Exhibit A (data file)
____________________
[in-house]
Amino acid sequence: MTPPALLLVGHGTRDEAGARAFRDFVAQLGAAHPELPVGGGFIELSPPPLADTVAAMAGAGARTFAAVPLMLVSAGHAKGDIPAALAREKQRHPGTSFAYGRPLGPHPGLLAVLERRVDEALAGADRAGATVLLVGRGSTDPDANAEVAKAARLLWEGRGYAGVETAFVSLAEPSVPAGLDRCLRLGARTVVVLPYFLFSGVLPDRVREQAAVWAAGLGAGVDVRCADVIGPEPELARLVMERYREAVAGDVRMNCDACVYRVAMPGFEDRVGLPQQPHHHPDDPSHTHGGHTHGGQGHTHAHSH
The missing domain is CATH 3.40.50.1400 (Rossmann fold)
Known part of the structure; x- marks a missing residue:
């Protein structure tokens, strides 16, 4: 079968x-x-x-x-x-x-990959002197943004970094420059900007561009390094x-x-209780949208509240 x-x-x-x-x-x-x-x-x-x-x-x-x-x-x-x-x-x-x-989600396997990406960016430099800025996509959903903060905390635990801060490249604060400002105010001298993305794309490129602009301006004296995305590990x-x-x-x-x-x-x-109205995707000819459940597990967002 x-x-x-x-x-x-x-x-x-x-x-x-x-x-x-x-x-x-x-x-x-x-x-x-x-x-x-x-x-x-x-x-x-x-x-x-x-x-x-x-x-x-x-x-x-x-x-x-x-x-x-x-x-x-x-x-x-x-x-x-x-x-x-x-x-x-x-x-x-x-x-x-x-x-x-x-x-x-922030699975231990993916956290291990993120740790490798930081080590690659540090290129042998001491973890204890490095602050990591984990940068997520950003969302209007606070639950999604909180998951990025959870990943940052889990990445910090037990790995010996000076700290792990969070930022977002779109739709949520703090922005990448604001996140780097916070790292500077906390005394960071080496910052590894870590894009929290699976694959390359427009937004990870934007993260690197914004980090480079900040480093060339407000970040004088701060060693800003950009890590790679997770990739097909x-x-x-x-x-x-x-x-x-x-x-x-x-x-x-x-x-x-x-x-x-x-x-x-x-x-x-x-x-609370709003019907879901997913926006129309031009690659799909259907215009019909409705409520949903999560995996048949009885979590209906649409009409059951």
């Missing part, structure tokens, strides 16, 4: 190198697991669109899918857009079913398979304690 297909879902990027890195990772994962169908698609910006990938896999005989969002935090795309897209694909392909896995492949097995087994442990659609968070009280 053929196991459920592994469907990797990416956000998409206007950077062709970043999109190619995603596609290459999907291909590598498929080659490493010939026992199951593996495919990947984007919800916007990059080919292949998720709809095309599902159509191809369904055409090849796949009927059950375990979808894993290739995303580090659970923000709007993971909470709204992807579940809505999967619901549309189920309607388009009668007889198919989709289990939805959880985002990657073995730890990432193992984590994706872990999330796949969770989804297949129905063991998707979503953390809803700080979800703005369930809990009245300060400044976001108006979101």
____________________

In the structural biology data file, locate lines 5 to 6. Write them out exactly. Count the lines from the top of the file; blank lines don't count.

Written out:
């Protein structure tokens, strides 16, 4: 079968x-x-x-x-x-x-990959002197943004970094420059900007561009390094x-x-209780949208509240 x-x-x-x-x-x-x-x-x-x-x-x-x-x-x-x-x-x-x-989600396997990406960016430099800025996509959903903060905390635990801060490249604060400002105010001298993305794309490129602009301006004296995305590990x-x-x-x-x-x-x-109205995707000819459940597990967002 x-x-x-x-x-x-x-x-x-x-x-x-x-x-x-x-x-x-x-x-x-x-x-x-x-x-x-x-x-x-x-x-x-x-x-x-x-x-x-x-x-x-x-x-x-x-x-x-x-x-x-x-x-x-x-x-x-x-x-x-x-x-x-x-x-x-x-x-x-x-x-x-x-x-x-x-x-x-922030699975231990993916956290291990993120740790490798930081080590690659540090290129042998001491973890204890490095602050990591984990940068997520950003969302209007606070639950999604909180998951990025959870990943940052889990990445910090037990790995010996000076700290792990969070930022977002779109739709949520703090922005990448604001996140780097916070790292500077906390005394960071080496910052590894870590894009929290699976694959390359427009937004990870934007993260690197914004980090480079900040480093060339407000970040004088701060060693800003950009890590790679997770990739097909x-x-x-x-x-x-x-x-x-x-x-x-x-x-x-x-x-x-x-x-x-x-x-x-x-x-x-x-x-609370709003019907879901997913926006129309031009690659799909259907215009019909409705409520949903999560995996048949009885979590209906649409009409059951």
């Missing part, structure tokens, strides 16, 4: 190198697991669109899918857009079913398979304690 297909879902990027890195990772994962169908698609910006990938896999005989969002935090795309897209694909392909896995492949097995087994442990659609968070009280 053929196991459920592994469907990797990416956000998409206007950077062709970043999109190619995603596609290459999907291909590598498929080659490493010939026992199951593996495919990947984007919800916007990059080919292949998720709809095309599902159509191809369904055409090849796949009927059950375990979808894993290739995303580090659970923000709007993971909470709204992807579940809505999967619901549309189920309607388009009668007889198919989709289990939805959880985002990657073995730890990432193992984590994706872990999330796949969770989804297949129905063991998707979503953390809803700080979800703005369930809990009245300060400044976001108006979101």